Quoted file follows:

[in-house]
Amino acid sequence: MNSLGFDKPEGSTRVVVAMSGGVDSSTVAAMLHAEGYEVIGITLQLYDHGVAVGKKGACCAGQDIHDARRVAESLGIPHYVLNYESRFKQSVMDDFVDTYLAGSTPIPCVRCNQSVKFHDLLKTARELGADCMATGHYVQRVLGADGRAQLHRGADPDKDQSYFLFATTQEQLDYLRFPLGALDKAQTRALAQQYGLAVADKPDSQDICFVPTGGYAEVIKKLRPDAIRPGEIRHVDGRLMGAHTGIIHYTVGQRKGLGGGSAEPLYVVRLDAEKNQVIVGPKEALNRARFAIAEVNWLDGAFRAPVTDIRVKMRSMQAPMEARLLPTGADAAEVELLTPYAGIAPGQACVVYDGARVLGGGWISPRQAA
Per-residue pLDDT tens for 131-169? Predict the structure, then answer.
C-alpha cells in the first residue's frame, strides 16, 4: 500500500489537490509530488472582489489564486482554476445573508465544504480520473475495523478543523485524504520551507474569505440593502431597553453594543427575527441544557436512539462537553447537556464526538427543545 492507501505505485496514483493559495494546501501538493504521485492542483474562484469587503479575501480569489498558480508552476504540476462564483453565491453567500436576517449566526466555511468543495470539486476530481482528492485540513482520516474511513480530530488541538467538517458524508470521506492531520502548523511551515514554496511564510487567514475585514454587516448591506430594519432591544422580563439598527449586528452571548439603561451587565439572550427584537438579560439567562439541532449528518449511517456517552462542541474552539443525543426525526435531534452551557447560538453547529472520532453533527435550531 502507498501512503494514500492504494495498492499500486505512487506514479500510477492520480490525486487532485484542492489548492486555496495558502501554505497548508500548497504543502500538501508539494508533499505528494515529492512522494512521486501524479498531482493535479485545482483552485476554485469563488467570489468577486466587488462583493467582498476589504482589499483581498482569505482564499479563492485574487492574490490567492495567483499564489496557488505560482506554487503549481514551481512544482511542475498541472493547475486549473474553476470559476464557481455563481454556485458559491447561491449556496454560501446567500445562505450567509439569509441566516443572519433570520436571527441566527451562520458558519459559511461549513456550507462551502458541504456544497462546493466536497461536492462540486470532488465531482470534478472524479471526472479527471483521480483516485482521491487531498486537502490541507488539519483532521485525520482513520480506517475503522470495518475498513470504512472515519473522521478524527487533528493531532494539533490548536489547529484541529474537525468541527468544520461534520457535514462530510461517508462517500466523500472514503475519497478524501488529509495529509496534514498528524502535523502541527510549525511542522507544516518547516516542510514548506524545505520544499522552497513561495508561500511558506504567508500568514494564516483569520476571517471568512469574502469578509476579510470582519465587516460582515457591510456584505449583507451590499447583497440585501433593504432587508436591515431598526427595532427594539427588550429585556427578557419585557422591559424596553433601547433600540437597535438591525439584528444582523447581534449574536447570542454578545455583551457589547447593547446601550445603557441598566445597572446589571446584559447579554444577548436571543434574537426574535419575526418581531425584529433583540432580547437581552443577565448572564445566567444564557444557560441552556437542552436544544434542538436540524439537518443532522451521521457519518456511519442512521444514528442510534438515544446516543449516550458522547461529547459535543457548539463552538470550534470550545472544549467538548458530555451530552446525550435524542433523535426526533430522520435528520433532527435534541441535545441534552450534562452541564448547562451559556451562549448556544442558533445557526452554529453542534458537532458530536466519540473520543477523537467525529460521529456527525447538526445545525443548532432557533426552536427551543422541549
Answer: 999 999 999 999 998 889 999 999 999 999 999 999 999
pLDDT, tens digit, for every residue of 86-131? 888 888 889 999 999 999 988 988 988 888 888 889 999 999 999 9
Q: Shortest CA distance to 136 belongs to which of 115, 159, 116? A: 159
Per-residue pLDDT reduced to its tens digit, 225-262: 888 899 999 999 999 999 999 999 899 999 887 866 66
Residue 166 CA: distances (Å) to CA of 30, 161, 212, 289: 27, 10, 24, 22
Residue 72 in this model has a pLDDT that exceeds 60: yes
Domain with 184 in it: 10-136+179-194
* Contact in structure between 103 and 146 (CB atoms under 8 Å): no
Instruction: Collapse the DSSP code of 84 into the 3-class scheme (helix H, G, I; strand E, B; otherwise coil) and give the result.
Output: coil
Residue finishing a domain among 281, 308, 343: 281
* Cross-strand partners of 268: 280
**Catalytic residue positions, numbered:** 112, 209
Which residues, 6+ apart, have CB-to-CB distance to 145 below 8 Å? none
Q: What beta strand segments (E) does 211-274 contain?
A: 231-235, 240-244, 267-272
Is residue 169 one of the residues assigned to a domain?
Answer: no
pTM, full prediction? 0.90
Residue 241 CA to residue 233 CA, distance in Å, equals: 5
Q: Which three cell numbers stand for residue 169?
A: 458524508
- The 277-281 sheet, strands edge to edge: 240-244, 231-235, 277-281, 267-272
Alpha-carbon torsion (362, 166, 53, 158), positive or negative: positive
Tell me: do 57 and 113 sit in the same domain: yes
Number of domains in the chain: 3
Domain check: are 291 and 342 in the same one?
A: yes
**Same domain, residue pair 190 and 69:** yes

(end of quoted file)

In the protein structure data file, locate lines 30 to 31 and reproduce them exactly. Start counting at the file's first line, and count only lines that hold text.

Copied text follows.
Number of domains in the chain: 3
Domain check: are 291 and 342 in the same one?